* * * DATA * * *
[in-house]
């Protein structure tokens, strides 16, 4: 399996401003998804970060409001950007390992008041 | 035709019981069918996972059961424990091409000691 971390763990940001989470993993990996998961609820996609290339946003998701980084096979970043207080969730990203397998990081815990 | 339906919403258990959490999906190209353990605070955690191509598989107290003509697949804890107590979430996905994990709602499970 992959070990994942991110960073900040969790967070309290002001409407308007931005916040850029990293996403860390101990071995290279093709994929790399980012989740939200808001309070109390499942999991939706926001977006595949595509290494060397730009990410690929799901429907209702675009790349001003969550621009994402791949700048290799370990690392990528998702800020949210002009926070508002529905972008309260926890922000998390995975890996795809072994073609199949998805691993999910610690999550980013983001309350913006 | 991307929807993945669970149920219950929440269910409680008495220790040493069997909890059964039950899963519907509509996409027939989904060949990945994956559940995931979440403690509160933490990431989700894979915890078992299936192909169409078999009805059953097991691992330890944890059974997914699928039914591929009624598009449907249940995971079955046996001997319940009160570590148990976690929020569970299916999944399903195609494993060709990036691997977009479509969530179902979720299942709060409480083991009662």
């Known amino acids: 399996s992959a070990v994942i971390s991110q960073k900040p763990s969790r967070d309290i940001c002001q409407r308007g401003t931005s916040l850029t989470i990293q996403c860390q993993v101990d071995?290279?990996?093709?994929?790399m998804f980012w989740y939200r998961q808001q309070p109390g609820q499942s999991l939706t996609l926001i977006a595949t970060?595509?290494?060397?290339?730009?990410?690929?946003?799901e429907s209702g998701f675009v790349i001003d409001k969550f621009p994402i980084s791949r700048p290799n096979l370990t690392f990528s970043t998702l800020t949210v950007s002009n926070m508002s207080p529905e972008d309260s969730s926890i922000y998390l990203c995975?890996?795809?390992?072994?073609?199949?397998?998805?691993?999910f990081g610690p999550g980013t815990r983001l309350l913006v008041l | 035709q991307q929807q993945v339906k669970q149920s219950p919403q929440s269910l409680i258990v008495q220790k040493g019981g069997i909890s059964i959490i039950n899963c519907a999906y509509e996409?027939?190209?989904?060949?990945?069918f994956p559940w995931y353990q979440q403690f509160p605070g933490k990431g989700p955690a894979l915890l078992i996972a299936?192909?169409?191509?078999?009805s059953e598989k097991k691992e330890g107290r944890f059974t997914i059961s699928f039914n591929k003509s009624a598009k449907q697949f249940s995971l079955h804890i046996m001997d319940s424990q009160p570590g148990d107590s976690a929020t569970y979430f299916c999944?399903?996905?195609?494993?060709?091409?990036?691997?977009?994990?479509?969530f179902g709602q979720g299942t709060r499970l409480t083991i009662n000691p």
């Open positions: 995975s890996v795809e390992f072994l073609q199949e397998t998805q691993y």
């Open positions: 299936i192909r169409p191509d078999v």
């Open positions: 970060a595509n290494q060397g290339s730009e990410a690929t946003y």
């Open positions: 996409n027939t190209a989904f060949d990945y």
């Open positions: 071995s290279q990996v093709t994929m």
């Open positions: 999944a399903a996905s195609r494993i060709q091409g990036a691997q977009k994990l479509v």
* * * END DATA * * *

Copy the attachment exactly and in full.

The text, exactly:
[in-house]
């Protein structure tokens, strides 16, 4: 399996401003998804970060409001950007390992008041 | 035709019981069918996972059961424990091409000691 971390763990940001989470993993990996998961609820996609290339946003998701980084096979970043207080969730990203397998990081815990 | 339906919403258990959490999906190209353990605070955690191509598989107290003509697949804890107590979430996905994990709602499970 992959070990994942991110960073900040969790967070309290002001409407308007931005916040850029990293996403860390101990071995290279093709994929790399980012989740939200808001309070109390499942999991939706926001977006595949595509290494060397730009990410690929799901429907209702675009790349001003969550621009994402791949700048290799370990690392990528998702800020949210002009926070508002529905972008309260926890922000998390995975890996795809072994073609199949998805691993999910610690999550980013983001309350913006 | 991307929807993945669970149920219950929440269910409680008495220790040493069997909890059964039950899963519907509509996409027939989904060949990945994956559940995931979440403690509160933490990431989700894979915890078992299936192909169409078999009805059953097991691992330890944890059974997914699928039914591929009624598009449907249940995971079955046996001997319940009160570590148990976690929020569970299916999944399903195609494993060709990036691997977009479509969530179902979720299942709060409480083991009662």
């Known amino acids: 399996s992959a070990v994942i971390s991110q960073k900040p763990s969790r967070d309290i940001c002001q409407r308007g401003t931005s916040l850029t989470i990293q996403c860390q993993v101990d071995?290279?990996?093709?994929?790399m998804f980012w989740y939200r998961q808001q309070p109390g609820q499942s999991l939706t996609l926001i977006a595949t970060?595509?290494?060397?290339?730009?990410?690929?946003?799901e429907s209702g998701f675009v790349i001003d409001k969550f621009p994402i980084s791949r700048p290799n096979l370990t690392f990528s970043t998702l800020t949210v950007s002009n926070m508002s207080p529905e972008d309260s969730s926890i922000y998390l990203c995975?890996?795809?390992?072994?073609?199949?397998?998805?691993?999910f990081g610690p999550g980013t815990r983001l309350l913006v008041l | 035709q991307q929807q993945v339906k669970q149920s219950p919403q929440s269910l409680i258990v008495q220790k040493g019981g069997i909890s059964i959490i039950n899963c519907a999906y509509e996409?027939?190209?989904?060949?990945?069918f994956p559940w995931y353990q979440q403690f509160p605070g933490k990431g989700p955690a894979l915890l078992i996972a299936?192909?169409?191509?078999?009805s059953e598989k097991k691992e330890g107290r944890f059974t997914i059961s699928f039914n591929k003509s009624a598009k449907q697949f249940s995971l079955h804890i046996m001997d319940s424990q009160p570590g148990d107590s976690a929020t569970y979430f299916c999944?399903?996905?195609?494993?060709?091409?990036?691997?977009?994990?479509?969530f179902g709602q979720g299942t709060r499970l409480t083991i009662n000691p």
């Open positions: 995975s890996v795809e390992f072994l073609q199949e397998t998805q691993y």
């Open positions: 299936i192909r169409p191509d078999v």
């Open positions: 970060a595509n290494q060397g290339s730009e990410a690929t946003y």
């Open positions: 996409n027939t190209a989904f060949d990945y």
């Open positions: 071995s290279q990996v093709t994929m």
């Open positions: 999944a399903a996905s195609r494993i060709q091409g990036a691997q977009k994990l479509v």